How Lymphatic Fluid Moves
As we now know, lymphatic fluid is derived from tissue fluid and moves throughout the body, stopping at lymph nodes. Lymph nodes filter the lymphatic fluid passing through them and reabsorb some components into the bloodstream, while the rest of the lymph travels through the lymphatic system, moving toward the thoracic ducts (located at the base of the neck and under the clavicles), where its contents rejoin the bloodstream and enter the kidneys through the heart. The kidneys filter and process the blood, eliminating metabolic waste in the form of urine.
The goal of lymphatic massage with Body Tool is to restore tissue equilibrium and ensure that lymphatic fluid circulates properly, allowing all body processes to function smoothly. If the body is not in a state of equilibrium and too much fluid accumulates in tissues, they become soft and “boggy” to the touch. If there is too much fluid, this can impede cellular nutrition—oxygen and nutrients need more time to pass through the tissue and enter cells via the interstitial fluid. This also means that cellular metabolic waste will take longer to reach the transport system that will eliminate it from the body. When the lymphatic system functions well, we feel good.
There are many reasons why the lymphatic system can become sluggish and malfunction, leading to stagnant fluid in tissues. Environmental pollutants, toxins, poor diet, mucous buildup, prior viral or bacterial infections, alcohol intoxication (which explains why we wake up puffy), and more can all contribute to cellular congestion.How Body Tool Works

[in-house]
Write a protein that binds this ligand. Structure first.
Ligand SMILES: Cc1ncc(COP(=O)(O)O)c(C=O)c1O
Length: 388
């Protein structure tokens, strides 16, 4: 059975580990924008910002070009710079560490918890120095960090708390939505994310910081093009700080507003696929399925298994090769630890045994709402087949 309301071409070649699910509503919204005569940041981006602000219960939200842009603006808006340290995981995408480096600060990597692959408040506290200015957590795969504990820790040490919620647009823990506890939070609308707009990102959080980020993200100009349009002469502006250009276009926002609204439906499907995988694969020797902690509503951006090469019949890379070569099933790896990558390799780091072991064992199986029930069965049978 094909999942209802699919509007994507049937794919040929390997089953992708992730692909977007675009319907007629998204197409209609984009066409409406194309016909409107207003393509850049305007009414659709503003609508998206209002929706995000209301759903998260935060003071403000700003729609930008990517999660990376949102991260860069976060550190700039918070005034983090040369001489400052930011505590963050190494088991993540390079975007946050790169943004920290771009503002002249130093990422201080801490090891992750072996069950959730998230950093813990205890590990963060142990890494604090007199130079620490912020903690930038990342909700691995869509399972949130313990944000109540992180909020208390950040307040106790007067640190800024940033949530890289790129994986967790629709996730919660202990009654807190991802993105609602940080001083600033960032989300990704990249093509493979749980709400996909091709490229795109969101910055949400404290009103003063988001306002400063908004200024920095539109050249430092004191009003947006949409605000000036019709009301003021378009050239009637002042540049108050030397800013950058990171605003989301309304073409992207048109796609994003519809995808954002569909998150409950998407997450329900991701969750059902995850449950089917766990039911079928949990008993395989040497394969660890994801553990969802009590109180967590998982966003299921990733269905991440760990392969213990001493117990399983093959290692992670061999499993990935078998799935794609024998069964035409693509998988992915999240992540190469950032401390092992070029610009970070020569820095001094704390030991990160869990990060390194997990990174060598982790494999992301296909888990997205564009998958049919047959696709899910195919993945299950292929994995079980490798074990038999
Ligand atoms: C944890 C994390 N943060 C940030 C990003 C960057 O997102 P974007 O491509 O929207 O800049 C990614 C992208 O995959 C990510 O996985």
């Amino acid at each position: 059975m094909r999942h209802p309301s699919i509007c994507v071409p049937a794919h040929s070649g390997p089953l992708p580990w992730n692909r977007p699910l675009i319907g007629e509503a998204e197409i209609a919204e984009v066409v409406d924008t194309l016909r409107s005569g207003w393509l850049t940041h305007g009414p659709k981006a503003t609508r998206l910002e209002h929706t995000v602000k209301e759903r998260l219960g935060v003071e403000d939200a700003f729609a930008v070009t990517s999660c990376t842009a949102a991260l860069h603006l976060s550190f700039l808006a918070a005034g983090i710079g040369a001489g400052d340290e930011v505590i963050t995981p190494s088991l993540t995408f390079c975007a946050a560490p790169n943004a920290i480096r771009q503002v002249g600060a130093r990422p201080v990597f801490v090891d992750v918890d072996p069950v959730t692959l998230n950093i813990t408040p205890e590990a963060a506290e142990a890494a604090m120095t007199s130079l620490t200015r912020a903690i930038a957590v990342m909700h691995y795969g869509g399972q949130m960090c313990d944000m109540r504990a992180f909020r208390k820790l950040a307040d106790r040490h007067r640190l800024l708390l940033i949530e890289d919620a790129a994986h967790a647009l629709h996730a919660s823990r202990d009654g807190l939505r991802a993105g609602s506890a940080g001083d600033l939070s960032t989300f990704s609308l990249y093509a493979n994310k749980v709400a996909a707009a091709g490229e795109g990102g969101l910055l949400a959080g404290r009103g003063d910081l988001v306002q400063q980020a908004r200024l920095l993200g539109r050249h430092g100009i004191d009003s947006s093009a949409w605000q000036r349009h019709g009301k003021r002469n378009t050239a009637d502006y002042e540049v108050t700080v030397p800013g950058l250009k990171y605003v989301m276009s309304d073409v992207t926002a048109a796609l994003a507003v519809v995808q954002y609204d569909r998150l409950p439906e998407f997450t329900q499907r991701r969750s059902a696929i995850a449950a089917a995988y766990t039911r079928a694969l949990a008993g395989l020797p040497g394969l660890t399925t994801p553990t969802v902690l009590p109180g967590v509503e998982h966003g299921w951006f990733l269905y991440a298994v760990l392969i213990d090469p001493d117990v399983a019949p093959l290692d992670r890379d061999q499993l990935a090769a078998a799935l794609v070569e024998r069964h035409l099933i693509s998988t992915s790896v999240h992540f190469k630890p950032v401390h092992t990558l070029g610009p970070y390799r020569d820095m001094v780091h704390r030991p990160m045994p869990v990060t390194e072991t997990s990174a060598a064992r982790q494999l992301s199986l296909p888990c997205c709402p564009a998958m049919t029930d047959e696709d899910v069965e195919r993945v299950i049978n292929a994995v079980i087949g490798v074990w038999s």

When we use Body Tool for self-massage, we stimulate the lymphatic system, encouraging it to move more quickly and move lymph to lymph nodes located throughout the body, primarily in the neck, armpits, and groin. Massage helps accelerate the removal of stagnant fluid and its catabolic remnants, directing all fluid upward and thus helping our lymphatic system function better.
There are even deeper techniques for self-massage with Body Tool that focus on deep drainage, specifically eliminating fat deposits by draining them from adipocytes (the cells primarily composing adipose tissue) to nearby lymphatic “stations.”
To learn more about the relationship between fat and the lymphatic system, read this study on "Lymphatic drainage affects lipolytic activity of femoral adipose tissue in women
To conclude this article, it's worth emphasizing that massage is a wonderful opportunity to work with our bodies "from the inside", helping it achieve its best performance in the most natural and environmentally friendly way possible. We've discussed the main benefits of lymphatic drainage, which include transportation and removal of stagnant fluids, but that's not all it has to offer. It also has some pleasant "side effects," including:
Fun fact: Each of us has between 600 and 800 lymph nodes, ranging in size from a pinhead to a kidney bean. They are grouped or chained together, and although we know where they are located, the precise location is unique to each person. Just like all of us :)
- Stimulating blood circulation and tissue regeneration (which becomes more difficult as we age)
- Improving skin elasticity and firmness
- Reducing swelling and water retention
- Strengthening the immune system by removing toxins
- Giving the skin a healthy glow
- Providing an overall feeling of lightness in the body
- Awakening the body
- Boosting metabolism